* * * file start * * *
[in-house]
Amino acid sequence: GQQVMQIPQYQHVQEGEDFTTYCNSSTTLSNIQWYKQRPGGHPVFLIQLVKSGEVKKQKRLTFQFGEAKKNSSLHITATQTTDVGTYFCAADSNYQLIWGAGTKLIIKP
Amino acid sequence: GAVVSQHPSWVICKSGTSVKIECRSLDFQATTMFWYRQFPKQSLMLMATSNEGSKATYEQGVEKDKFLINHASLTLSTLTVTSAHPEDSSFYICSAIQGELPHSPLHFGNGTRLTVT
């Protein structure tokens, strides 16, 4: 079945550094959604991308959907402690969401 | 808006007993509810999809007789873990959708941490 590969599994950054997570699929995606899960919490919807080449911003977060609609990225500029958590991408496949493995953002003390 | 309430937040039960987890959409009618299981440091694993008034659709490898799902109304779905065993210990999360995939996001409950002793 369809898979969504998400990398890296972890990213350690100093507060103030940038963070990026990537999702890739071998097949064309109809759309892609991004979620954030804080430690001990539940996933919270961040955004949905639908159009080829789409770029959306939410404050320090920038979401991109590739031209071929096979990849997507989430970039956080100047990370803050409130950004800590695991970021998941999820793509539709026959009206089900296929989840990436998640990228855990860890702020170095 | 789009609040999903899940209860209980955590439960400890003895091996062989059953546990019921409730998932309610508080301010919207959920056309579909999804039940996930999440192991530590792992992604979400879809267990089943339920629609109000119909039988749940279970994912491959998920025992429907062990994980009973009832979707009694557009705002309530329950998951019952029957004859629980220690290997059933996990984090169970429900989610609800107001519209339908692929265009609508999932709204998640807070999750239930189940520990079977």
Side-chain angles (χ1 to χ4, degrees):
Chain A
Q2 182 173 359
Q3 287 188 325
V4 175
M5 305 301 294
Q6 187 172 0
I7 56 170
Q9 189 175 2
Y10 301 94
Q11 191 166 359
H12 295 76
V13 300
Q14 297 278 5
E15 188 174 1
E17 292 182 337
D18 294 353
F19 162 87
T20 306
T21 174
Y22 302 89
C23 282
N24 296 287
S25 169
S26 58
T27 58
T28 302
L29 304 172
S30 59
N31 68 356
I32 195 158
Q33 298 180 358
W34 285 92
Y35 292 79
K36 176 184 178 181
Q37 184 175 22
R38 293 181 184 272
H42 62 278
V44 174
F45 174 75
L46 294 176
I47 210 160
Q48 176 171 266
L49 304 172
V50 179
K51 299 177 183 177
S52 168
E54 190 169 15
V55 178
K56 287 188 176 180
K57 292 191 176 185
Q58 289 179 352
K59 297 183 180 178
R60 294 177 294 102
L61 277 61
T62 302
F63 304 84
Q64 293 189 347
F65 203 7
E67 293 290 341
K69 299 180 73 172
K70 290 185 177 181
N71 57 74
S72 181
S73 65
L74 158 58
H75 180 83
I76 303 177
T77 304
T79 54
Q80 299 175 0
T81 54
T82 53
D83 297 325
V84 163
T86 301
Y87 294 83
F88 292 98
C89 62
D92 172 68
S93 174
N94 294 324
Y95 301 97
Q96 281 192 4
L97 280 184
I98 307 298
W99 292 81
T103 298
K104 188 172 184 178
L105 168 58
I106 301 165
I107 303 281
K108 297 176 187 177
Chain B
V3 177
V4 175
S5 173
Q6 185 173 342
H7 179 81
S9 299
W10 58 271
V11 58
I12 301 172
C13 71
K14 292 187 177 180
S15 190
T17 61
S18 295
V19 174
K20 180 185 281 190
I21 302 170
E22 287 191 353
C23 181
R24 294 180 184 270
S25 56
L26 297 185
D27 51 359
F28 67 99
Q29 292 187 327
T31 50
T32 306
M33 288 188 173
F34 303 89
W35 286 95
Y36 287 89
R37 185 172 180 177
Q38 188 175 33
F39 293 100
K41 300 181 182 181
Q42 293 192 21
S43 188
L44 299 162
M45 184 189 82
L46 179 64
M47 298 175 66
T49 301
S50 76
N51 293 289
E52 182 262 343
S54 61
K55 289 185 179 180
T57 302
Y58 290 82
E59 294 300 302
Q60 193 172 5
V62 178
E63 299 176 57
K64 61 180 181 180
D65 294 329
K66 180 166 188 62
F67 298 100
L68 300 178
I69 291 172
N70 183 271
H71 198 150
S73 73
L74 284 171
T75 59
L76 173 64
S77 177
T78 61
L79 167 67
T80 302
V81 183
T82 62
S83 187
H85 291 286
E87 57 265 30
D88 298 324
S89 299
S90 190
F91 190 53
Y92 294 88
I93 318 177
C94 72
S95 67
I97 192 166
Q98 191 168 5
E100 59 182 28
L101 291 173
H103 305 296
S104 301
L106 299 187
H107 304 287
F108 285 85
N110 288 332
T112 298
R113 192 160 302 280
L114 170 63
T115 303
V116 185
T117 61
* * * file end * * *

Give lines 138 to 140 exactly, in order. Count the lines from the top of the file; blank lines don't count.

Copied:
L46 179 64
M47 298 175 66
T49 301